Iron Facts

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There was the Iron age, which was the dawn of civilization, and the Iron Man refers to an athletic competition that is really tough.  There is also the Iron Maiden for torture.  With all this reference to iron, what exactly is iron and why is it so interesting?

First, the chemical symbol for Iron is actually Fe, and means Ferrum.  Iron is a transition metal and silvery white.  It only looks red when it bonds with oxygen to produce ferric oxide, the scientific name for rust, or the red color found in blood!  Blood is composed mainly of water and iron.    Iron has an atomic weight of  55.847 and is number 26 on the periodic chemistry table.

Iron is considered the fourth most common element on the planet.  Iron is found almost everywhere and has been known, and used since prehistoric times.  The Egyptians started the purifying and commercial use of Iron over 6000 years ago!  It melts at high temperatures, but not to high, and can be shaped as well as mixed with other metals and compounds to make other types of metals.  It is because of the ease with which it can be shaped that that iron was first used for making knives and weapons.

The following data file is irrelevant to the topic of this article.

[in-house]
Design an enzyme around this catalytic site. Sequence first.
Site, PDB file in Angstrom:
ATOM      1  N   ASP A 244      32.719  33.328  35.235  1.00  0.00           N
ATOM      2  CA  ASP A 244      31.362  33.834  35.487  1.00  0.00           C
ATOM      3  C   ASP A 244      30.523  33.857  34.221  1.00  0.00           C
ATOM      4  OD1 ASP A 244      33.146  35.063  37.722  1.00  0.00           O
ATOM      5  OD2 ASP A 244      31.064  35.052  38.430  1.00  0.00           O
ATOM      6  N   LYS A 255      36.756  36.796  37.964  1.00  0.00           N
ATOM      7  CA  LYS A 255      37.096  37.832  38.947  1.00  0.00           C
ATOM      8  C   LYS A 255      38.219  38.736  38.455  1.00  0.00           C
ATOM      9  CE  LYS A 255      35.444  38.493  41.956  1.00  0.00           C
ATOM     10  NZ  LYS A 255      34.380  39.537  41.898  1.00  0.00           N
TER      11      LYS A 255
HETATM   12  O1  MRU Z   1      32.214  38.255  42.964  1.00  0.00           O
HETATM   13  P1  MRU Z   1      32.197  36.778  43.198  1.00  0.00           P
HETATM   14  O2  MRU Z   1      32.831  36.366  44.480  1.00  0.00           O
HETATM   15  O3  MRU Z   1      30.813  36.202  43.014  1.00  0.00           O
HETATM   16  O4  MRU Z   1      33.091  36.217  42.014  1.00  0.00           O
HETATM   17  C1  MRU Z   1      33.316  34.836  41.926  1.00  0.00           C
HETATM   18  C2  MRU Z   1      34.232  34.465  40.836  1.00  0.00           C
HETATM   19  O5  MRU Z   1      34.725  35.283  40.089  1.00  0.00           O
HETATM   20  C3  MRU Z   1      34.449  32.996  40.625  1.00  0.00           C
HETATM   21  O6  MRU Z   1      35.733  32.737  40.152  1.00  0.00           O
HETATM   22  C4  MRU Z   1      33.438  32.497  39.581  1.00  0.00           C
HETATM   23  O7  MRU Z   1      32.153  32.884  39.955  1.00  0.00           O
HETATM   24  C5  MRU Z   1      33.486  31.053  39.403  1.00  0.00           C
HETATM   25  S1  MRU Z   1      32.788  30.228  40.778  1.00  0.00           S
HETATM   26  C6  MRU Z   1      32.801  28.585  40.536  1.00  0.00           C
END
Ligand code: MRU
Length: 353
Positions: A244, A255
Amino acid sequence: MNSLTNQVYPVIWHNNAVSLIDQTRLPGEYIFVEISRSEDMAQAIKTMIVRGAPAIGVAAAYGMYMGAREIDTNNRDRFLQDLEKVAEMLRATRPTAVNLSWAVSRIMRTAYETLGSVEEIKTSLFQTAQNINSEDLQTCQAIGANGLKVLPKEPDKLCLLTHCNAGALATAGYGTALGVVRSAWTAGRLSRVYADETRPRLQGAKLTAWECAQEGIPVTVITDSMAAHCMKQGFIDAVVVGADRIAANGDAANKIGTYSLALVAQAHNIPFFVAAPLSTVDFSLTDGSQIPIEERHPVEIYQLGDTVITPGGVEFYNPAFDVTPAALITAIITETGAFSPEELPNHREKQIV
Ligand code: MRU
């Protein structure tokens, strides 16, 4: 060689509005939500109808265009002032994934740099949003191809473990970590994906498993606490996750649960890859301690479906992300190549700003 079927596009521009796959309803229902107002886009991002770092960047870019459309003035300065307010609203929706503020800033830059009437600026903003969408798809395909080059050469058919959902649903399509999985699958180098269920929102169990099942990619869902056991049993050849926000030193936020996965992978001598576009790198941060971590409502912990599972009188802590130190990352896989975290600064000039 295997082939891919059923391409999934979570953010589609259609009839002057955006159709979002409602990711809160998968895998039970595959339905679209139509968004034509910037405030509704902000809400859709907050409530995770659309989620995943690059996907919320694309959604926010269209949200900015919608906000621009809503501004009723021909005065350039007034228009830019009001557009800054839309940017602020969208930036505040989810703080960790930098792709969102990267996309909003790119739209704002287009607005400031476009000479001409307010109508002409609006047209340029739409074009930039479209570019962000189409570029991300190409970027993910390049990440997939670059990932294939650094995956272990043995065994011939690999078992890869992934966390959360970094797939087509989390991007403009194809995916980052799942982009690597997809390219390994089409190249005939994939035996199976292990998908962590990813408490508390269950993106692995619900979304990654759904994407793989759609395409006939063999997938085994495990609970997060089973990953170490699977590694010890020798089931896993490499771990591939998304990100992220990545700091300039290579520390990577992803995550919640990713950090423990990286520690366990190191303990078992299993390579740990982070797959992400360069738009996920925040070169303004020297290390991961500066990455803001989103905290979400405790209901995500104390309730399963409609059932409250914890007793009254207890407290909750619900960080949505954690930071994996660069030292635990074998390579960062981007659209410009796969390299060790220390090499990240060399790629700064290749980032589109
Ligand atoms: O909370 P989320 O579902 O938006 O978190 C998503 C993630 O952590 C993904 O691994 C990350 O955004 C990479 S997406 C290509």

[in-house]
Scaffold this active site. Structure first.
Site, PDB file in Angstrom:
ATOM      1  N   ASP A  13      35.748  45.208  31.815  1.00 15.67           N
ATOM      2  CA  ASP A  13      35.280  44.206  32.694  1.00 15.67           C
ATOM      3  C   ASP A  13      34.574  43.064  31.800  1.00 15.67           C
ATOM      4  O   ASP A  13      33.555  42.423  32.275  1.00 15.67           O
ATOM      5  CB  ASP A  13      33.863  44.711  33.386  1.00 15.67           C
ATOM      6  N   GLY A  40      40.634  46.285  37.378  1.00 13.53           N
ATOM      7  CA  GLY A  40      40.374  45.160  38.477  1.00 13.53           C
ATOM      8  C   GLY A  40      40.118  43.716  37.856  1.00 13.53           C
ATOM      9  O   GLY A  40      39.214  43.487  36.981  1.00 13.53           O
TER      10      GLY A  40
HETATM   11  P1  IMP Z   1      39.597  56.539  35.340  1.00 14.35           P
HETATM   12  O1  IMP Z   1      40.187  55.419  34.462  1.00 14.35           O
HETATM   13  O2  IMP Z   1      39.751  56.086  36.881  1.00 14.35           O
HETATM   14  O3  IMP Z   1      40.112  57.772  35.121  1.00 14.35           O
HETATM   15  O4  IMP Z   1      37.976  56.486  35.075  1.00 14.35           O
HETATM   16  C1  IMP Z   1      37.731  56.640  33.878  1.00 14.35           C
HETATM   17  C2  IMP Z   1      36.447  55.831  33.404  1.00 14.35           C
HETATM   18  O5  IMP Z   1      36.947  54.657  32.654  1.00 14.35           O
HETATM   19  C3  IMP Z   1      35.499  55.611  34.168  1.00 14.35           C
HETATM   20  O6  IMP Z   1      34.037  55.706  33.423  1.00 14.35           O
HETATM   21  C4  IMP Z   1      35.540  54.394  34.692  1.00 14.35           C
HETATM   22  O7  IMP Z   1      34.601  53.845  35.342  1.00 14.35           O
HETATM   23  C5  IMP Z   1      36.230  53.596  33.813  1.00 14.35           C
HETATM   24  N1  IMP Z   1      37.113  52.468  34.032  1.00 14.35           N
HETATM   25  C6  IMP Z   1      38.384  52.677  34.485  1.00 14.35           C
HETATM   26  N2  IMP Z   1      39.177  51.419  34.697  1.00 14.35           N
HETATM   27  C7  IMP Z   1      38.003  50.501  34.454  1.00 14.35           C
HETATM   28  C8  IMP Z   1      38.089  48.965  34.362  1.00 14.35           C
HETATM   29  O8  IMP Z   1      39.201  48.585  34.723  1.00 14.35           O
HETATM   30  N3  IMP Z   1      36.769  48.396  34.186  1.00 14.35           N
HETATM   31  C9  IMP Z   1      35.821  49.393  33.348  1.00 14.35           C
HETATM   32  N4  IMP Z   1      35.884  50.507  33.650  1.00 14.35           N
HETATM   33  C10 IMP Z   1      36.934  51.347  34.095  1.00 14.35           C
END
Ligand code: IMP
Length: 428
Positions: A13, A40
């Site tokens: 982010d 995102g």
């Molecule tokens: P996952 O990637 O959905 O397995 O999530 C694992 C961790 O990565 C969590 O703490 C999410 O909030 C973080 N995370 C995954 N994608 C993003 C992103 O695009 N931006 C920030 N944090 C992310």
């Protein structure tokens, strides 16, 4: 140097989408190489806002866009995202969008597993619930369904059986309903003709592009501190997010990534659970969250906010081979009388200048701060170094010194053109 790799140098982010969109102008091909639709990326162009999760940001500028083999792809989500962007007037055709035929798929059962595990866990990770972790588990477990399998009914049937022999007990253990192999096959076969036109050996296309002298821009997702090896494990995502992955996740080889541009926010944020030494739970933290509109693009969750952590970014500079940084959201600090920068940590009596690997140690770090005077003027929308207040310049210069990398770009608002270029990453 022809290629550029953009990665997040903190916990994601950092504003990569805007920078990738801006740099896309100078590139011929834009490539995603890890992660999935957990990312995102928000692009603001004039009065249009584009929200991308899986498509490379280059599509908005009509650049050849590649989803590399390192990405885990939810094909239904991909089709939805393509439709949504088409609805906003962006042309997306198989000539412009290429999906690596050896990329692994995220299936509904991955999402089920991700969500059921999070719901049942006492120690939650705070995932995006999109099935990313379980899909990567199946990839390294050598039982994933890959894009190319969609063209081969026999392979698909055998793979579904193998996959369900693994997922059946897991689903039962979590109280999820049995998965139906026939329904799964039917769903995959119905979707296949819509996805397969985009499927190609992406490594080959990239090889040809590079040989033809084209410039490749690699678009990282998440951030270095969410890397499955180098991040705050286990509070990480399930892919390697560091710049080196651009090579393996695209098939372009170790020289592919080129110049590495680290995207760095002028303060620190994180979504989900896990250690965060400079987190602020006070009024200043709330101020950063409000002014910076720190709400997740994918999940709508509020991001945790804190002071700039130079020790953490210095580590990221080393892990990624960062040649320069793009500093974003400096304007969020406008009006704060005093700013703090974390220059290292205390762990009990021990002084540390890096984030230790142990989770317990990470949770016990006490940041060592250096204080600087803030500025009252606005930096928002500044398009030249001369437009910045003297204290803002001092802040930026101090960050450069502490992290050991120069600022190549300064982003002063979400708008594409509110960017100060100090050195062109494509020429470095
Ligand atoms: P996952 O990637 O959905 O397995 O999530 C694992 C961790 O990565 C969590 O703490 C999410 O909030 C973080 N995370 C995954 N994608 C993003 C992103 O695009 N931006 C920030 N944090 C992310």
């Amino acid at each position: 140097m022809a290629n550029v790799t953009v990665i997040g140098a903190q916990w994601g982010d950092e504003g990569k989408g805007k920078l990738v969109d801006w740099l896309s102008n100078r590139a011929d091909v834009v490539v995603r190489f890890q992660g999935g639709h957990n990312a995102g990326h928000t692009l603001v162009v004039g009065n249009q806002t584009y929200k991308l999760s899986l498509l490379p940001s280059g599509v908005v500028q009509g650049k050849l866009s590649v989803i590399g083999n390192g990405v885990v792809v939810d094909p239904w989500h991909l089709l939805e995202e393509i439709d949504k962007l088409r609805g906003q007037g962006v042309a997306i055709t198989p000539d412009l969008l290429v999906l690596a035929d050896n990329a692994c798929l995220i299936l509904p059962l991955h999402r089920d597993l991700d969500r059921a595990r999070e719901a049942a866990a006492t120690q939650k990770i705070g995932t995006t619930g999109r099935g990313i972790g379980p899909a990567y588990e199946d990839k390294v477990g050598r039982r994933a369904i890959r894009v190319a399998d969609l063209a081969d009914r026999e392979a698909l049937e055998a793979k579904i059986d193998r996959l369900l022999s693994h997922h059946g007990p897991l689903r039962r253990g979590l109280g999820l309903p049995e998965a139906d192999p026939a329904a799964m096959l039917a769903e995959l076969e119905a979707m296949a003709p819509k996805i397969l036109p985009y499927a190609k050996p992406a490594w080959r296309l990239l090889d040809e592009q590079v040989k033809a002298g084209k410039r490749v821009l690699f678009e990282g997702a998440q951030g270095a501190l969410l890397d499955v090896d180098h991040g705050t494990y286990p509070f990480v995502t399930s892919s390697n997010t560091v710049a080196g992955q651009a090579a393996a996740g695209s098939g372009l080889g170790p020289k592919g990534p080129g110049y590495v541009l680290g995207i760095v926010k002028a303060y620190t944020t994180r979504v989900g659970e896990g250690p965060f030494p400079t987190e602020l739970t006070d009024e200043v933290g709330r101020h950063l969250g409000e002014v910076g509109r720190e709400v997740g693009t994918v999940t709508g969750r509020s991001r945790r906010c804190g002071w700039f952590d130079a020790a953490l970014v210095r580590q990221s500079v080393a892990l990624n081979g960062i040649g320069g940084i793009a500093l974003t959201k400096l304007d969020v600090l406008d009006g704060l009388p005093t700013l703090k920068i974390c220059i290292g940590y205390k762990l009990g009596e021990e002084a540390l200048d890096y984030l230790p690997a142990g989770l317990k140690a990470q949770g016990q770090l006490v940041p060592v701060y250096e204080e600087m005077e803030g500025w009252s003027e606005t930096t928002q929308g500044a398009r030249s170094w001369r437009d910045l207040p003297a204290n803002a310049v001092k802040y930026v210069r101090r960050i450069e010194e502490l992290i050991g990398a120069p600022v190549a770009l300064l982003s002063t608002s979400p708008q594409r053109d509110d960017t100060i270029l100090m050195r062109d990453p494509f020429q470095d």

Iron is also one of the most important elements in nature and essential for many biological functions.  Without Iron, there would be virtually no life on Earth as we know it.  All higher animals and many plants need iron for their bodily functions!  Only a few crustaceans such as the horseshoe crab (Limulus polyphemus) and Mr. Spock do not have iron based blood!

Iron is magnetic.  The magnetic principles are what allows compasses and magnet to be formed.  By pointing a solid piece of Iron to the north and striking sharply several times, you will align the atoms and the iron becomes magnetic!  This was a way of using iron to make compasses it the past, but also explains why you can weaken a magnet by dropping it.

Iron is also an excellent transmitter of electricity, thus was used for wiring.  It also though means that you should avoid standing near anything made of iron during an electrical storm!

Two of the best websites about Iron are and the UK site, Facts about Iron.

More about this author: James Johnson

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